Share is built into GeForce Experience, which started out wonderfully promising—installing GPU drivers from within Windows, without restarting? Miraculous! But it's grown bloated with features, trying to be its own game library with autotuned settings for various games. And it requires an account, because every tech company is hungry for that personal data. Nvidia has built the best way to take screenshots and videos of our games, but stuck it into a piece of software that's slow to open and loves to forget your login information. Just give me a great, lightweight, standalone version of Nvidia Share, and I'll call it what it is: the perfect recording software.

Chris Livingston: Super-smallness

I feel like PCs on the whole are still kinda, like, huge? Big, bulky, heavy, not easy to move around. I know there are mini PCs and not every computer is a massive tower, but looking at my past three or four PCs (which are all still haunting my office) they're all roughly about the same size, and that size is too damn big. Even the fairly compact one I have is still kinda big. 

Most technology shrinks over time, and PCs definitely did for a while—I mean, they don't take up an entire room anymore. But on average a solid gaming PC still seems to be the same size and weight as it was about 10 years ago. Should I stop hoping for a great gaming PC I can basically carry around in my pocket? Do we just like big, awkwardly sized computers in general?

James Davenport: Healthier games

Games are the best and worst thing to ever happen to me. Popular design makes so many of them rewarding by nature, more akin to the gratification I get from eating or drinking something tasty than the gratification I get from close study of a book or movie. Neither sensation is above the other, it's just easier to say no to two-hours of sitting in a dark room or a sifting through a thick pile of text than an chowing down on an infinitely resupplied box of Krispy Kreme donuts. I spend way too much time eating these figurative donuts.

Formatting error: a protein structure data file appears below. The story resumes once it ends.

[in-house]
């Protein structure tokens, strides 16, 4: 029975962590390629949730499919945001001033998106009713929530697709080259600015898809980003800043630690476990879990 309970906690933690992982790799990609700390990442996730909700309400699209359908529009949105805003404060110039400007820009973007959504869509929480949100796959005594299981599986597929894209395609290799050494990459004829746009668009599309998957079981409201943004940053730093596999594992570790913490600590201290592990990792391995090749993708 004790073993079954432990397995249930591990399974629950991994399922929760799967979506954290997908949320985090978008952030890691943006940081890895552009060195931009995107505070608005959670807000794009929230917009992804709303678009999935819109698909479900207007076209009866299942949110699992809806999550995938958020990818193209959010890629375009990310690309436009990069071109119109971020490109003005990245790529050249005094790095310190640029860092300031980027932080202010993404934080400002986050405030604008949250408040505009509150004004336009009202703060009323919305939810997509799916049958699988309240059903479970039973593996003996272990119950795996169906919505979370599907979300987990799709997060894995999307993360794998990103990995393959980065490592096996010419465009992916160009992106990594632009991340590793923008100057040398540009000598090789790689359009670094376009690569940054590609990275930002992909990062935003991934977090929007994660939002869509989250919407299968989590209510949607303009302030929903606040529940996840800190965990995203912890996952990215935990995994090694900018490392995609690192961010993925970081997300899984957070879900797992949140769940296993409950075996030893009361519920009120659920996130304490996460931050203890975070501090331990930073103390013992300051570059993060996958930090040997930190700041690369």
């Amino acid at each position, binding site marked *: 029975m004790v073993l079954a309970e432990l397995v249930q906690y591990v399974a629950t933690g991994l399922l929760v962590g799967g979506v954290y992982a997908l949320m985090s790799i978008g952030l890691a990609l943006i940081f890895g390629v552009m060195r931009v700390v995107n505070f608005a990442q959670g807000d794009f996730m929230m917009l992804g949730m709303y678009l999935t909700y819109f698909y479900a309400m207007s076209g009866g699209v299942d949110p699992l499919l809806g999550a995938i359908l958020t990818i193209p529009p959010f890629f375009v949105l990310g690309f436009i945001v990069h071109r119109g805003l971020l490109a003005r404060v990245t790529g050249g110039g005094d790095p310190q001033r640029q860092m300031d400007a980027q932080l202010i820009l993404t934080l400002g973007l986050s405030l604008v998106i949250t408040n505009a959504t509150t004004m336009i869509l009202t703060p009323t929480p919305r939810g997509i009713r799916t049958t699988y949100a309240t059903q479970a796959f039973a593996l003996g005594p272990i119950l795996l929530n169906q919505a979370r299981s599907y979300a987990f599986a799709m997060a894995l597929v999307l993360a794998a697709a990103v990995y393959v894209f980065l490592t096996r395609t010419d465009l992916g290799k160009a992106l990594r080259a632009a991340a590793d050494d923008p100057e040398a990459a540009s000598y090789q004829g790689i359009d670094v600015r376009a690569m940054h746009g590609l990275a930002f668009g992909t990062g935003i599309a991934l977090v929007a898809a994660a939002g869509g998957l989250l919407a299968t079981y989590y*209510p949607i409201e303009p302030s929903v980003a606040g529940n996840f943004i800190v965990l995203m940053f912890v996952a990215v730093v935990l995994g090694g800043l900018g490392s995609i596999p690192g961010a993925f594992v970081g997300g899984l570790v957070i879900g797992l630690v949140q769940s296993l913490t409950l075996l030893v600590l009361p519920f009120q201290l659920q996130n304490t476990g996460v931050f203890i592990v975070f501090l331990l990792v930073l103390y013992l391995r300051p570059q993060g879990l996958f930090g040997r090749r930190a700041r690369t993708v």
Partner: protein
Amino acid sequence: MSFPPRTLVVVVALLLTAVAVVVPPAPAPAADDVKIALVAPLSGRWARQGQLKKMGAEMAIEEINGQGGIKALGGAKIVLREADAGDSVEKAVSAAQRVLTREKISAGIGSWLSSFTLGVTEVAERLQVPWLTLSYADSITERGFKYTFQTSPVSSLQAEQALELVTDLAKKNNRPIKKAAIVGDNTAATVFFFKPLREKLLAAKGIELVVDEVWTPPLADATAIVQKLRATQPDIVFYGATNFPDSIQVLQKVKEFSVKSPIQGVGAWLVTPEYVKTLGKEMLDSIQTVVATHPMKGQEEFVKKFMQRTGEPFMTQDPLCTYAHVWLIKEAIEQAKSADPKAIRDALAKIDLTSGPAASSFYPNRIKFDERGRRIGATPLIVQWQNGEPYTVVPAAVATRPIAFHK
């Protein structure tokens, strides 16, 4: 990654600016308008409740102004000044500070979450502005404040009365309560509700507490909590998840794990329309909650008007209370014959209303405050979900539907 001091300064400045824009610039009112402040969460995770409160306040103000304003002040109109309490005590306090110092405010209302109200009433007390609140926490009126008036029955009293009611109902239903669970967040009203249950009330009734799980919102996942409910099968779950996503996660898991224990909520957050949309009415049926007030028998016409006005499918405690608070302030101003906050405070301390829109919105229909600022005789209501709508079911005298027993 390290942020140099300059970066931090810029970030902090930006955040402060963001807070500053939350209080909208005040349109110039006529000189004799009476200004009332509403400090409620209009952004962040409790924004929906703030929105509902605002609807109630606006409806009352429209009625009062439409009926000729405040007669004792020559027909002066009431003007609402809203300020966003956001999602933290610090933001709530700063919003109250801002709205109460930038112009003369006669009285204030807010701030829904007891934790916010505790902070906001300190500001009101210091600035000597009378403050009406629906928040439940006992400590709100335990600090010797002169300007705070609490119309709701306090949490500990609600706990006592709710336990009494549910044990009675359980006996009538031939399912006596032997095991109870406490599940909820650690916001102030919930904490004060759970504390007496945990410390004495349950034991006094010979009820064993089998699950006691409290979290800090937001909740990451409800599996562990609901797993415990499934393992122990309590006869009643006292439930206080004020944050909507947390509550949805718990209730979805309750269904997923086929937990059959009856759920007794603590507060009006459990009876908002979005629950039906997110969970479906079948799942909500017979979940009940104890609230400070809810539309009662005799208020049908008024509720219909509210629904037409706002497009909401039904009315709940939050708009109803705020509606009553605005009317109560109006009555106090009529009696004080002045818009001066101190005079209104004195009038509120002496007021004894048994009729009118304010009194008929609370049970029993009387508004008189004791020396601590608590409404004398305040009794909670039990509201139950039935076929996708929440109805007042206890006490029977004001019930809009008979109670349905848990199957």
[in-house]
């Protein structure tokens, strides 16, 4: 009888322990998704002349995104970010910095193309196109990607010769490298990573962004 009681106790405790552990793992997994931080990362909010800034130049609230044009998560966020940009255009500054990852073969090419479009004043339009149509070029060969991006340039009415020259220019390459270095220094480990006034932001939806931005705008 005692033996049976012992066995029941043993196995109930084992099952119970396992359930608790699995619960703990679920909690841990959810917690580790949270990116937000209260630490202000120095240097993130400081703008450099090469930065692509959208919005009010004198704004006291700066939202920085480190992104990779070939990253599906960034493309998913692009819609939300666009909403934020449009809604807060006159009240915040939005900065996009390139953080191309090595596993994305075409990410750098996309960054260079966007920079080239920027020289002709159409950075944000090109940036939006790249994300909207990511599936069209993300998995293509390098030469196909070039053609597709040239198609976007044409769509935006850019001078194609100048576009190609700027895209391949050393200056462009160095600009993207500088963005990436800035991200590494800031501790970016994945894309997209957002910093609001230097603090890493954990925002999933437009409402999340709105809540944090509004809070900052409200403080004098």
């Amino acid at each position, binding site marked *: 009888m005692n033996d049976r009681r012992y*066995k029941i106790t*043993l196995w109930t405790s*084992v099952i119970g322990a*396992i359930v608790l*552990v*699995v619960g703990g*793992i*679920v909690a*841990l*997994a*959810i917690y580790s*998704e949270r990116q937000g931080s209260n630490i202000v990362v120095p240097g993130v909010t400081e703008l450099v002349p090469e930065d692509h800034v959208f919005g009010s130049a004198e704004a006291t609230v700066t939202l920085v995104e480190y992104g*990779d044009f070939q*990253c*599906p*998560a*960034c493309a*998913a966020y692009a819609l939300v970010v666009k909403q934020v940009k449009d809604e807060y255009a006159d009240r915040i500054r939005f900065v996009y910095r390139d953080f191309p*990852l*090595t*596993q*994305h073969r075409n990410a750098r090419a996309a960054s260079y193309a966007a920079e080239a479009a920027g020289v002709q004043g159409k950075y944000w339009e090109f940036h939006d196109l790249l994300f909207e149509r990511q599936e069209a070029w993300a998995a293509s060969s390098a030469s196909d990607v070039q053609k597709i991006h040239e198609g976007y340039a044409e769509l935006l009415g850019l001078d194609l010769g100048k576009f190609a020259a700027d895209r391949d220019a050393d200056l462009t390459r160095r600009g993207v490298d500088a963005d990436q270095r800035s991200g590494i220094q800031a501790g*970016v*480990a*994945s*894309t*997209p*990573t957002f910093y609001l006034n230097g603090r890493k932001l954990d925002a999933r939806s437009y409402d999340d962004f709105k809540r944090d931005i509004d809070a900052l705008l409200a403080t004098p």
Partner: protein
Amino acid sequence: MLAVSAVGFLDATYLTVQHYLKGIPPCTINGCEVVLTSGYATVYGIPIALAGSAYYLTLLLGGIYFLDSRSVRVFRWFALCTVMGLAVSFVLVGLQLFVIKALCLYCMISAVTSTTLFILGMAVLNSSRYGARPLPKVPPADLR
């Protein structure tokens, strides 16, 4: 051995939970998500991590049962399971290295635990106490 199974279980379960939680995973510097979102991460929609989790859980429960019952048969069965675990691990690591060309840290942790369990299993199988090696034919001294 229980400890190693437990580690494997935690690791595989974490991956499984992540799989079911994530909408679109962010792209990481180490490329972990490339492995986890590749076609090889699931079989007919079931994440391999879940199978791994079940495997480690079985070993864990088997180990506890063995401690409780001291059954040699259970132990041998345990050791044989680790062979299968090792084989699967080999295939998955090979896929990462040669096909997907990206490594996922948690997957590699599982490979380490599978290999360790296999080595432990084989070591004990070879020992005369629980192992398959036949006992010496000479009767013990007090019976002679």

(Image credit: Gearbox Software)

Borderlands 3 literally showers me with loot assigned varying stats that change the behavior in interesting, or more often, extremely insignificant ways. It's the chance something truly good might come along that keeps me playing for hours and hours on end, not that a shotgun reloads half a second faster. Destiny 2 wants me to repeat the same tasks, some of which are extremely mundane, for small chance at a piece of gear that I may not even like but will inch a number up and eventually give me a fair shake at raiding, a cool piece of closely considered design that I'd rather not have to invest so much time to explore.

I get it, loot games are an especially easy target. Games at large are designed to keep our attention, to reward our time spent. There's no inherent fault in that. But it's clear that many keep our attention for the wrong reasons, to keep us invested in ecosystems to spend more money on microtransactions or to, more insidiously as I see it, simply keep our attention focused on The One Game or Franchise for as long as it's supported or sequels are released. Tunnel vision. 

Compulsive play is a good thing in the eyes of the profit-driven corporations—I don't blame it all on avarice either, I get the impression a lot of developers are drinking the kool-aid, or at least feel intense pressure to to keep their jobs. I just want to see less attention exploitation. I want to see games better integrate with a healthy lifestyle, encouraging players to go outside or stretch after an hour or two of play. What does a live service looter shooter that cares about my back and eyes and brain play like? Do the Nintendo thing and tell me to take a damn break and reward me for doing so. Games can be good for us, but I don't think we care enough if they actually are.